Canada: No Pirate Tax on iPods, MP3 Players (They’re Players, Not ‘Enablers’…Hello!)
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In a decision in which the Canadian Private Copying Collective (somewhat analagous to the U.S.’ RIAA, except that the CPCC actually represents the interests of the artists) says that it is “disappointed”, the Canadian high court has this week let stand a ruling that the CPCC could no longer levy what some have been calling “pirate tax” on iPods, iPod shuffles, and other MP3 players.

And the key word is “player”.


The levy was put in place in 2003, after the group successfully lobbied for the tax by saying that because these new-fangled devices enabled the copying of songs, Canadian artists would lose their royalties through increased pirating. The move was opposed and protested by MP3 manufacturers such as Apple, who urged the Canadian courts to overturn the tax.

Explained the CPCC’s David Baskin, following this week’s ruling, “Obviously we’re disappointed. We felt it was self-evident that those products are sold for the purpose of copying music.”

Hmm…what is self-evident is a stunning amount of spin. Come on. MP3 players are, well, mp3 players. It’s the same argument used against those who purchase paraphenalia such as bongs, when they may have a completely legitimate purpose such as..well, maybe that’s not such a good example. But the point is that just because you own a device which can play pirated music does not mean that you are going to use it to facilitate the pirating of music! You may as well tax the purchase of blank recordable media!

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Oh, wait. The CPCC does that, too. Yep, really.

Following the defeat by the Canadian high court, the CPCC must return to MP3 player importers and manufacturers, including Apple and Dell, the funds they collected through the pirate tax, $4million all told between December 2003 and December 2004.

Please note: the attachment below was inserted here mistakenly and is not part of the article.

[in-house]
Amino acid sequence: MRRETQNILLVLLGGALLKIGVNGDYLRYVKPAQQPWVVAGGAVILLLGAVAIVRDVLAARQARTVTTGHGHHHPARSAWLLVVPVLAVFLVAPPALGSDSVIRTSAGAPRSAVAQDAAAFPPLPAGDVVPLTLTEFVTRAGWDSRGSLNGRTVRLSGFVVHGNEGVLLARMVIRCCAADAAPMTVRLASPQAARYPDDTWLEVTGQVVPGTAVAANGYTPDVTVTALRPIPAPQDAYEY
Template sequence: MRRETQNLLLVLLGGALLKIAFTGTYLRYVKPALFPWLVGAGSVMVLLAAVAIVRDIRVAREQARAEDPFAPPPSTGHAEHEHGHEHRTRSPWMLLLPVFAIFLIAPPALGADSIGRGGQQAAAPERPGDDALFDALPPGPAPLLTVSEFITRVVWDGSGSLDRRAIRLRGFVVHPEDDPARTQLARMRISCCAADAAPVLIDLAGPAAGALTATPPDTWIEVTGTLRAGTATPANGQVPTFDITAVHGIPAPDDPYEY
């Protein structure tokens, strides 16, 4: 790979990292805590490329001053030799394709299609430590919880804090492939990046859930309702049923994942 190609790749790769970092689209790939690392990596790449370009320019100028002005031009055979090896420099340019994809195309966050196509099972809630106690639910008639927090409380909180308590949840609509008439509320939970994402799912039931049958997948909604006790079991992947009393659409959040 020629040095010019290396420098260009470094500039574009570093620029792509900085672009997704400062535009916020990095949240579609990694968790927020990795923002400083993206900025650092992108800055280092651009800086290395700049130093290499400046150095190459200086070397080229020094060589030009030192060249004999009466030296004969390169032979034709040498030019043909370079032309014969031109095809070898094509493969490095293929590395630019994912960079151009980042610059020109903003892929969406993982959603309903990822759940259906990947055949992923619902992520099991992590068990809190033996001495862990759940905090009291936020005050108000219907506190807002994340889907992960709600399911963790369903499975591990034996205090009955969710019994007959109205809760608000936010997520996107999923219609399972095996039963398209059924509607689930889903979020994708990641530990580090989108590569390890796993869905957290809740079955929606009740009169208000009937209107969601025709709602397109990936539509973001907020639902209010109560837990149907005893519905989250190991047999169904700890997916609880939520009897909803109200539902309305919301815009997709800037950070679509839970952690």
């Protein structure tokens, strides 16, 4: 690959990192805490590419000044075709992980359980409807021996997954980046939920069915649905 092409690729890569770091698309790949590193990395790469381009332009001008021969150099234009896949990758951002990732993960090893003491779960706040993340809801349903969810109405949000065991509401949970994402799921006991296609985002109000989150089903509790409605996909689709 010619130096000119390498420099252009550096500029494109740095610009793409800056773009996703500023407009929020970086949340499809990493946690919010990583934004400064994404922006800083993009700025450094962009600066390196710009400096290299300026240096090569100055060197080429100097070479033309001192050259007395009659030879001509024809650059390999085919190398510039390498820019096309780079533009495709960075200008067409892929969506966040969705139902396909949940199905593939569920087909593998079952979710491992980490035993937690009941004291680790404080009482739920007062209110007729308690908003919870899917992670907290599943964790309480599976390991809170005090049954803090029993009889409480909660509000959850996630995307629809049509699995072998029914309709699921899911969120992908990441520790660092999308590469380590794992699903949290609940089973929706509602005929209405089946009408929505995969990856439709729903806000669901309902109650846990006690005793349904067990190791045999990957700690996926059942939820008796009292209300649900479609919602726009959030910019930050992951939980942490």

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7 thoughts on “Canada: No Pirate Tax on iPods, MP3 Players (They’re Players, Not ‘Enablers’…Hello!)
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  1. CPCC distributed about 25% of the total revenues it collected. Where is the balance? Also, it targets registered members to collect the $ 0.21 cents levy on each CD sold while one can get the same for $ 0.18 in the market. Assuming that 10C is the cost of a CD, how come Office Depot, walmart Costco etc managed to sell them for 25C each? Can anyone tell me the arithmetic in it>?>????

  2. I own an ipod and every song on it is legit. PAID FOR. It is criminal for the CPCC to assume I’m a pirate and fine me for it. That’s what this tax would be, a fine. A punishment for a crime you MIGHT commit. Perhaps everyone should spend a month in jail, just in case.

  3. Canada already levies a fee on blank cassettes, dvd’s etc. This was an additional revenue stream.

    This is why most Canadians will file sharre. The government and music industry have alreday decided that I am going to pirate music and are charging me a tax so why not get my money’s worth.

    They are now talking about new copywright legislation a la US, but I hope they remember to remove the tax as well.

    Wait a minute – who am I kidding. No government will ever remove a tax unless trhey can replace it with another.

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